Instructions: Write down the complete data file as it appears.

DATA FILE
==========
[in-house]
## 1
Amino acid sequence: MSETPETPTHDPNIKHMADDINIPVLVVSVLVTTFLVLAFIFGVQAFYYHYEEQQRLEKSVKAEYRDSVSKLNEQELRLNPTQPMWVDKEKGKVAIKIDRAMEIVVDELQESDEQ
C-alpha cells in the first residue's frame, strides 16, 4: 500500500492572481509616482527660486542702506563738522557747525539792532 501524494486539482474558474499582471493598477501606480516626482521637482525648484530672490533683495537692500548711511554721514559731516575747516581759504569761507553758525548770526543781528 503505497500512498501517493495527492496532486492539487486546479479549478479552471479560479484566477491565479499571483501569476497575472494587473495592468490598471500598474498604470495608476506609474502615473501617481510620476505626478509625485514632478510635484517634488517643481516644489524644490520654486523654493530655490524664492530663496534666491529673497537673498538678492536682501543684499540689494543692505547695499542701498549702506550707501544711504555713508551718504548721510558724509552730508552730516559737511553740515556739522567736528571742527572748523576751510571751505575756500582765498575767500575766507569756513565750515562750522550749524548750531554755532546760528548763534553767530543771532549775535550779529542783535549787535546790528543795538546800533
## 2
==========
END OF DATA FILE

[in-house]
## 1
Amino acid sequence: MSETPETPTHDPNIKHMADDINIPVLVVSVLVTTFLVLAFIFGVQAFYYHYEEQQRLEKSVKAEYRDSVSKLNEQELRLNPTQPMWVDKEKGKVAIKIDRAMEIVVDELQESDEQ
C-alpha cells in the first residue's frame, strides 16, 4: 500500500492572481509616482527660486542702506563738522557747525539792532 501524494486539482474558474499582471493598477501606480516626482521637482525648484530672490533683495537692500548711511554721514559731516575747516581759504569761507553758525548770526543781528 503505497500512498501517493495527492496532486492539487486546479479549478479552471479560479484566477491565479499571483501569476497575472494587473495592468490598471500598474498604470495608476506609474502615473501617481510620476505626478509625485514632478510635484517634488517643481516644489524644490520654486523654493530655490524664492530663496534666491529673497537673498538678492536682501543684499540689494543692505547695499542701498549702506550707501544711504555713508551718504548721510558724509552730508552730516559737511553740515556739522567736528571742527572748523576751510571751505575756500582765498575767500575766507569756513565750515562750522550749524548750531554755532546760528548763534553767530543771532549775535550779529542783535549787535546790528543795538546800533
## 2